Scientists have created a crystal that becomes flexible under electricity


Researchers have developed a crystalline material that when the voltage is supplied becomes flexible, and also can independently generate an electric current from pressure.

To create it, a team from Nanyang University has changed the chemical structure of the hybrid ferroelectric compound C6 H5 N (CH3) 3 CDCl3 and replaced in its composition some chlorine atoms on the bromine. These manipulations increased the flexibility of the material and weakened molecular ties at certain points of the structure.

The resulting crystal simultaneously manifests electrostrix and piezoelectric properties, that is, it can change the shape under the action of the current and produce electrical charges during deformation. The combination of these two qualities causes its high energy efficiency compared to other existing piezoelectric and electrical outrunning materials.

Experiments have shown that when an electric field is applied, a new hybrid can be stretched to 22% or 44 times more than the indicator of conventional piezoelectrics. This feature significantly expands the sphere of its potential use in electronics, actuating mechanisms and sensors.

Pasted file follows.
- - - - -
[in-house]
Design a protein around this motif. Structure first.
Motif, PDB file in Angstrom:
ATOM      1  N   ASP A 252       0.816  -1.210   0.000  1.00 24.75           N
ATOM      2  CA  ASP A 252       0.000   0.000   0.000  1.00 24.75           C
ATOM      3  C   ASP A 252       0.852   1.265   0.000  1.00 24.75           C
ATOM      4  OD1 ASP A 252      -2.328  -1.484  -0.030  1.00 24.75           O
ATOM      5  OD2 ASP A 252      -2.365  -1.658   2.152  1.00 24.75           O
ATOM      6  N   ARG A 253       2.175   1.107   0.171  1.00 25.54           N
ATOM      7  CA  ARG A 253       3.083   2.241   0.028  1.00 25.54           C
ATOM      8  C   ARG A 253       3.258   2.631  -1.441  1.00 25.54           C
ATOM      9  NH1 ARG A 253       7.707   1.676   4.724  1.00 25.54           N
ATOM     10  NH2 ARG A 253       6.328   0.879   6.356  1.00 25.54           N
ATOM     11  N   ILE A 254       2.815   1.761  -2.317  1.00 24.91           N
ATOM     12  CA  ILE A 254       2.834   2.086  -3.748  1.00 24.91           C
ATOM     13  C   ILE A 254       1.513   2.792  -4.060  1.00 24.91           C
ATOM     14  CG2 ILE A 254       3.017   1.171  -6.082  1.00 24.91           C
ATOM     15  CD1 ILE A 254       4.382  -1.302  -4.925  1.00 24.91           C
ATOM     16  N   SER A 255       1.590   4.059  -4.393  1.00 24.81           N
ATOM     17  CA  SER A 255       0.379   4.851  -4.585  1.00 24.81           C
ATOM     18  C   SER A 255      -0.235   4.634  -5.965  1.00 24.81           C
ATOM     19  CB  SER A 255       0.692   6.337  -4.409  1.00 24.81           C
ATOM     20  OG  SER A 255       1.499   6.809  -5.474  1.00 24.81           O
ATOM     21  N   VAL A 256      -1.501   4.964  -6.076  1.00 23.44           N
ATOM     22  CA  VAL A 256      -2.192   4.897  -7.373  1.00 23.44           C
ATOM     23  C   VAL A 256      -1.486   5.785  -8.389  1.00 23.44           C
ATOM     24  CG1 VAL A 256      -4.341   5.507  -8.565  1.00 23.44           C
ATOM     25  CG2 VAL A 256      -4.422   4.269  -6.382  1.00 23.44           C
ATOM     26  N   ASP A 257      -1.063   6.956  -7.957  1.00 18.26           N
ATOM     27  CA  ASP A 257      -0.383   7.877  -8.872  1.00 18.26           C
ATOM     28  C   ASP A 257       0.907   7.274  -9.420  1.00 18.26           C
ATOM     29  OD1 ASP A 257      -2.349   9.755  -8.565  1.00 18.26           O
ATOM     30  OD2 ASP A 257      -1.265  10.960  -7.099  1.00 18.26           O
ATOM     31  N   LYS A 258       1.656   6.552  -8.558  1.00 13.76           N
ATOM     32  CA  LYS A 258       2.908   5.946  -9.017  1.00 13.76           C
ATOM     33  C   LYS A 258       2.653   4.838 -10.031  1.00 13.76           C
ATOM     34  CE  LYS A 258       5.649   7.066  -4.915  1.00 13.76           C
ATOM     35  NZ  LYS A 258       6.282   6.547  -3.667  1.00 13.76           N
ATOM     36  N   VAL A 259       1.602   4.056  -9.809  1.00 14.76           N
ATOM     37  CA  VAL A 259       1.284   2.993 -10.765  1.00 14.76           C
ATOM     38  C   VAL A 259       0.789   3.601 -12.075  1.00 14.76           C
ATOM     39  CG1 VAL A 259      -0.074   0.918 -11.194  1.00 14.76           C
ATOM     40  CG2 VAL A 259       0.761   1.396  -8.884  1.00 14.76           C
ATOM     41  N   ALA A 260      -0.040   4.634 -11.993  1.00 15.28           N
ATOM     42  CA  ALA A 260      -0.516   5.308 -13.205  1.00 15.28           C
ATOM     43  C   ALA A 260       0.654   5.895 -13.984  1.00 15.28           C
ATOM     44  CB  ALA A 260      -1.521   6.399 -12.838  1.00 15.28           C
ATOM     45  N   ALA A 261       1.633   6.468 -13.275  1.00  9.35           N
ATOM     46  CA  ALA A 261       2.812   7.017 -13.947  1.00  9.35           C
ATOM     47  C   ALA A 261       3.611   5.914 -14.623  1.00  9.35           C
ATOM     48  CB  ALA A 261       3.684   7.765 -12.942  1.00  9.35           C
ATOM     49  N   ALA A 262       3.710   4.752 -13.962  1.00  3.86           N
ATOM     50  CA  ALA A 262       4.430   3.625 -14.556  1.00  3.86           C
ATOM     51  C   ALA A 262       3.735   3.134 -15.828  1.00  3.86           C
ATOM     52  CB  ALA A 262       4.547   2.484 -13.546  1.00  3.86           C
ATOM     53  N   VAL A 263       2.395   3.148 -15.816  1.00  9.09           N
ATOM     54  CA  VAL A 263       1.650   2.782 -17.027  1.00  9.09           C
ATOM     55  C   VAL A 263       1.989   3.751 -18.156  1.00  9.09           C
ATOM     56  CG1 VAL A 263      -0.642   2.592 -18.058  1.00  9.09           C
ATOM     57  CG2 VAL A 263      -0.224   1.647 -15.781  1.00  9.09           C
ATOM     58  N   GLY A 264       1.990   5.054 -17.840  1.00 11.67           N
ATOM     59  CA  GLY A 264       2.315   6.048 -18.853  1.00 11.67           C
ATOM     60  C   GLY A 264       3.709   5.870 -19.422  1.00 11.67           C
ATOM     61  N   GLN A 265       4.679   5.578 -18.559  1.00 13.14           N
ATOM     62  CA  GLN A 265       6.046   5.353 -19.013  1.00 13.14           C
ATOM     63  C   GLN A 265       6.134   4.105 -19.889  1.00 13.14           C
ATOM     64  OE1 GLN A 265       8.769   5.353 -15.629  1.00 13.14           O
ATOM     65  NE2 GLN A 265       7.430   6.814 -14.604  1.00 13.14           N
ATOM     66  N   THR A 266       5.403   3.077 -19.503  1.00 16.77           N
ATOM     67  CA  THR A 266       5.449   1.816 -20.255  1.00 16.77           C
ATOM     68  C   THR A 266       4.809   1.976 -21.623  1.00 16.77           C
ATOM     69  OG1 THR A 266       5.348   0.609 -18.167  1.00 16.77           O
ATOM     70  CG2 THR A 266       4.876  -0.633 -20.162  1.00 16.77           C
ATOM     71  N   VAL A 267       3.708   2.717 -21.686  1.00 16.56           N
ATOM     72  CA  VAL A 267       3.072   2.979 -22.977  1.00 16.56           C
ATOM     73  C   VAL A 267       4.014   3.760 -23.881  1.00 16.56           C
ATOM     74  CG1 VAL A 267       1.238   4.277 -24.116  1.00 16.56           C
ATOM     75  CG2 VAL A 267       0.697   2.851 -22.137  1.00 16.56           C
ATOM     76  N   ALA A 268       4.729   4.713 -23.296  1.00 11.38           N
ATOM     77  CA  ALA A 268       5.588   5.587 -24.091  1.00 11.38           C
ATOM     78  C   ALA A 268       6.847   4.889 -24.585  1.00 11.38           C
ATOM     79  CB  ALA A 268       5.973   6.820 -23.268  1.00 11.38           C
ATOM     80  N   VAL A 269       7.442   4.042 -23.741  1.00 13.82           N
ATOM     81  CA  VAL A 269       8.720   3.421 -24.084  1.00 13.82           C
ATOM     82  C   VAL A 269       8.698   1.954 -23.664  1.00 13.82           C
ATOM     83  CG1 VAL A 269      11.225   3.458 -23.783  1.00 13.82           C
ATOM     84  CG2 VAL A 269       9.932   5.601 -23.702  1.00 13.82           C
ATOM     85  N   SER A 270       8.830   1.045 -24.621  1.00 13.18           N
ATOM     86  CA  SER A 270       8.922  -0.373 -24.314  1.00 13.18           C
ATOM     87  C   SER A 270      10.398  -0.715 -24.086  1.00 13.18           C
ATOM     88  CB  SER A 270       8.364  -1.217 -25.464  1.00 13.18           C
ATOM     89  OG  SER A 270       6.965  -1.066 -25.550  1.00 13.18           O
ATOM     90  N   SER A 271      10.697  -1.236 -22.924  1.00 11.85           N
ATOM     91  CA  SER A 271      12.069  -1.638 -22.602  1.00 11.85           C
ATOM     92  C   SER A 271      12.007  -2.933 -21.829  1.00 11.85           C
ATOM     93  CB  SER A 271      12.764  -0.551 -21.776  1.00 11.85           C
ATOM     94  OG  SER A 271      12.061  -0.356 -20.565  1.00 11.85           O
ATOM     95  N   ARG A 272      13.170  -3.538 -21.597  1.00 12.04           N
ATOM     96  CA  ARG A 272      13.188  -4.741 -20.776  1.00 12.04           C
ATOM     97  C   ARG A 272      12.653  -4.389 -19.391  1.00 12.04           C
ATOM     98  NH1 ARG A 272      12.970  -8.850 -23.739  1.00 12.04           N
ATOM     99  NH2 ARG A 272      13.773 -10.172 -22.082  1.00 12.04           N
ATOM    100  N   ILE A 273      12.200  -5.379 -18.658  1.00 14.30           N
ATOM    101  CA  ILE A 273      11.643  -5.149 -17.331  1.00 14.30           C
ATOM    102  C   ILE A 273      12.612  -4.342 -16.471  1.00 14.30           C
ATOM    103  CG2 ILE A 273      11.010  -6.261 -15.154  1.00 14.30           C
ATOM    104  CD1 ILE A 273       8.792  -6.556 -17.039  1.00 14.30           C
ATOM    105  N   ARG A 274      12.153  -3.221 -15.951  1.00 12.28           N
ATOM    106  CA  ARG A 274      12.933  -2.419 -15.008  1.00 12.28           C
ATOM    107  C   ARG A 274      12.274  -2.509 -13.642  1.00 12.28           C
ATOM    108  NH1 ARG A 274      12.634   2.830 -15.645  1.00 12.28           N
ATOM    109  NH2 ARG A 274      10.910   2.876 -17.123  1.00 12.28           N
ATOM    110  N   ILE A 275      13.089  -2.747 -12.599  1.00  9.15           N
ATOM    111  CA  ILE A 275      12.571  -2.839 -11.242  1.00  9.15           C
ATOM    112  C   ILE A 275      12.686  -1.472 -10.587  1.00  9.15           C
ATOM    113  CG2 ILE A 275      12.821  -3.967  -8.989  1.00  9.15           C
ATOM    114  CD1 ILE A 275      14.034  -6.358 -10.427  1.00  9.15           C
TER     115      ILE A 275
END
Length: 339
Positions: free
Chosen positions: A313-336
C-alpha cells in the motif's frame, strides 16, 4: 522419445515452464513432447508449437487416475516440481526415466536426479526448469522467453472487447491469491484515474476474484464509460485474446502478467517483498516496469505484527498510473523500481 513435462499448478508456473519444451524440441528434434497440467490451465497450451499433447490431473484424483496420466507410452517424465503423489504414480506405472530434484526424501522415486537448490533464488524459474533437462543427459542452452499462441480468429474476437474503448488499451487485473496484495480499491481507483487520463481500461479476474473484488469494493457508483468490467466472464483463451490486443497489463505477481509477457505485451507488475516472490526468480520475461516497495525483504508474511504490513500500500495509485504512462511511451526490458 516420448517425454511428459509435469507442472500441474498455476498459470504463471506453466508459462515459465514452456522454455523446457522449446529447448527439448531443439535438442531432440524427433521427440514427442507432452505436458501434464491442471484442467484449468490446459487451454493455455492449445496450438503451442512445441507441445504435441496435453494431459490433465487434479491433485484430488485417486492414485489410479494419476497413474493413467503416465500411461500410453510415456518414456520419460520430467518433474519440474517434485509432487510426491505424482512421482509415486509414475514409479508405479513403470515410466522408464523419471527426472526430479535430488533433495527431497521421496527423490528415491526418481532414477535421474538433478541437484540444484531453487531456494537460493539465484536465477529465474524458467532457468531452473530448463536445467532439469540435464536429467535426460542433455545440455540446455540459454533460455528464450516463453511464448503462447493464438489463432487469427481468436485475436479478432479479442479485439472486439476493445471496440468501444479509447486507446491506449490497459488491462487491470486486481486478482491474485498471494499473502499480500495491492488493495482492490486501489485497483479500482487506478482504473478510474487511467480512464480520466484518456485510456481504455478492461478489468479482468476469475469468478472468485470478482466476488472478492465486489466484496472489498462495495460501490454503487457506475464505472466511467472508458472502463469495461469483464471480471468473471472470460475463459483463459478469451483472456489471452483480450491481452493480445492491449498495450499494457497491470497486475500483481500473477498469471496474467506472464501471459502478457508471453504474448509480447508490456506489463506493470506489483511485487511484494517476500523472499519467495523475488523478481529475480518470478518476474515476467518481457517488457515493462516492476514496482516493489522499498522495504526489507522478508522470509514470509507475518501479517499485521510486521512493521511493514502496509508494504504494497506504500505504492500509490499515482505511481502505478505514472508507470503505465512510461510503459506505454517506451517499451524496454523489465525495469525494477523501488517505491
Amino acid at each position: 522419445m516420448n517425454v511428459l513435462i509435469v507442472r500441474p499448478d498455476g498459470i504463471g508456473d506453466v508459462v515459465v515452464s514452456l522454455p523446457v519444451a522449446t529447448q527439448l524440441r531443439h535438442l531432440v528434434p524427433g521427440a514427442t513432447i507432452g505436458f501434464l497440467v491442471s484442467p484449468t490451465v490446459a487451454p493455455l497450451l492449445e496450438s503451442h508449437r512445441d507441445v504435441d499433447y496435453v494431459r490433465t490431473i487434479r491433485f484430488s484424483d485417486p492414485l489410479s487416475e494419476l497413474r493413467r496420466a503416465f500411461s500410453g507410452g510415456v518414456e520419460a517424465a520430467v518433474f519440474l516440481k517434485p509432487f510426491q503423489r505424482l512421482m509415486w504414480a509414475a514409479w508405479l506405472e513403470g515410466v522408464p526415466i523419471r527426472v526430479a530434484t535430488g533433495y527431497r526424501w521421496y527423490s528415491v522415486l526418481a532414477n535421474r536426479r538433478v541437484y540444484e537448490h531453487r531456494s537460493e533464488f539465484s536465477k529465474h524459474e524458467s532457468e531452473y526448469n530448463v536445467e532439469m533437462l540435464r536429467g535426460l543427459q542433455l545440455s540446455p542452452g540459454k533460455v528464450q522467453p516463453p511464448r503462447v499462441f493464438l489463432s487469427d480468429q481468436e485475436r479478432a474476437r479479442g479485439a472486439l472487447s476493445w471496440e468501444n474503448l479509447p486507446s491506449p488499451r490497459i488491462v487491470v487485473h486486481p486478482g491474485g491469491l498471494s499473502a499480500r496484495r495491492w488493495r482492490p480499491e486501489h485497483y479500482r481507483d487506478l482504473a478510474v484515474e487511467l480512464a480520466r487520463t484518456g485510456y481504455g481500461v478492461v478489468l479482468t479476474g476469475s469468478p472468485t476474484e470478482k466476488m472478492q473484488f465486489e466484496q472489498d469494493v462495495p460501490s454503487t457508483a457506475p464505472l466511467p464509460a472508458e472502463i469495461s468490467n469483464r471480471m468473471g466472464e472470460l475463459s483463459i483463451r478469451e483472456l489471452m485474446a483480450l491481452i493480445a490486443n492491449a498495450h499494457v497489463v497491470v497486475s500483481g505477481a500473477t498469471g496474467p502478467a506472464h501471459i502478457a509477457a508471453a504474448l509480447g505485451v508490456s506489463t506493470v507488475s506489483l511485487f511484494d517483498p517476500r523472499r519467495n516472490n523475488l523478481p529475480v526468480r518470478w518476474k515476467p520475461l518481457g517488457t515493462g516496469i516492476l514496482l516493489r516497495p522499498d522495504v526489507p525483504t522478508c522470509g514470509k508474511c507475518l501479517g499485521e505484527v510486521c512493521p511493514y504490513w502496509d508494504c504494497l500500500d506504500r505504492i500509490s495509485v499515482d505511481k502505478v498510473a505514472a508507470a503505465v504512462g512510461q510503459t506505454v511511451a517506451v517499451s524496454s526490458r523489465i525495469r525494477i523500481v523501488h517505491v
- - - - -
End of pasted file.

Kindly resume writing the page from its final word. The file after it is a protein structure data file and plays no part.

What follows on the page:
According to the team, for the manufacture of such a crystal, powerful lasers and energy impact are not required, and only treatment is needed in the process of evaporation of the fluid. In the future, scientists plan to improve its characteristics due to the additional optimization of the chemical composition.

Previously, we also reported the opening

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